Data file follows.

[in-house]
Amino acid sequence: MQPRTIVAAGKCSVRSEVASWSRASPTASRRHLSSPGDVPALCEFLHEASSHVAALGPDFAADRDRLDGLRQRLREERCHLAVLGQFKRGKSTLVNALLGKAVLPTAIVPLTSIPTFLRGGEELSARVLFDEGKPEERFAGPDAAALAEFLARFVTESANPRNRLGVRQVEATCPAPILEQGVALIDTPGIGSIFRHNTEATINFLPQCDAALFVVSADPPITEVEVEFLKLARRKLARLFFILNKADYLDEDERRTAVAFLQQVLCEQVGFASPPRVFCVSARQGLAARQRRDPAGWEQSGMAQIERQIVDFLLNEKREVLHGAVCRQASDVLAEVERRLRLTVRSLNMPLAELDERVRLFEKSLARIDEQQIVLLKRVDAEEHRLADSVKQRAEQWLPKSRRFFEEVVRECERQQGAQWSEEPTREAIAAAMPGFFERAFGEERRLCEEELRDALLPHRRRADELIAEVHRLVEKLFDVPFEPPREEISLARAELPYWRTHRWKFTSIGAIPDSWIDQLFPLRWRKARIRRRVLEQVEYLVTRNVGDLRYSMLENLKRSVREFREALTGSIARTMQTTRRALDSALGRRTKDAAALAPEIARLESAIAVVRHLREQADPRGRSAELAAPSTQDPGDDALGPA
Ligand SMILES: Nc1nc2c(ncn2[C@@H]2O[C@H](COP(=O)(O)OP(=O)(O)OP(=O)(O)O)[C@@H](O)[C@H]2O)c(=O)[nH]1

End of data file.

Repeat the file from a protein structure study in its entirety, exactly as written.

[in-house]
Amino acid sequence: MQPRTIVAAGKCSVRSEVASWSRASPTASRRHLSSPGDVPALCEFLHEASSHVAALGPDFAADRDRLDGLRQRLREERCHLAVLGQFKRGKSTLVNALLGKAVLPTAIVPLTSIPTFLRGGEELSARVLFDEGKPEERFAGPDAAALAEFLARFVTESANPRNRLGVRQVEATCPAPILEQGVALIDTPGIGSIFRHNTEATINFLPQCDAALFVVSADPPITEVEVEFLKLARRKLARLFFILNKADYLDEDERRTAVAFLQQVLCEQVGFASPPRVFCVSARQGLAARQRRDPAGWEQSGMAQIERQIVDFLLNEKREVLHGAVCRQASDVLAEVERRLRLTVRSLNMPLAELDERVRLFEKSLARIDEQQIVLLKRVDAEEHRLADSVKQRAEQWLPKSRRFFEEVVRECERQQGAQWSEEPTREAIAAAMPGFFERAFGEERRLCEEELRDALLPHRRRADELIAEVHRLVEKLFDVPFEPPREEISLARAELPYWRTHRWKFTSIGAIPDSWIDQLFPLRWRKARIRRRVLEQVEYLVTRNVGDLRYSMLENLKRSVREFREALTGSIARTMQTTRRALDSALGRRTKDAAALAPEIARLESAIAVVRHLREQADPRGRSAELAAPSTQDPGDDALGPA
Ligand SMILES: Nc1nc2c(ncn2[C@@H]2O[C@H](COP(=O)(O)OP(=O)(O)OP(=O)(O)O)[C@@H](O)[C@H]2O)c(=O)[nH]1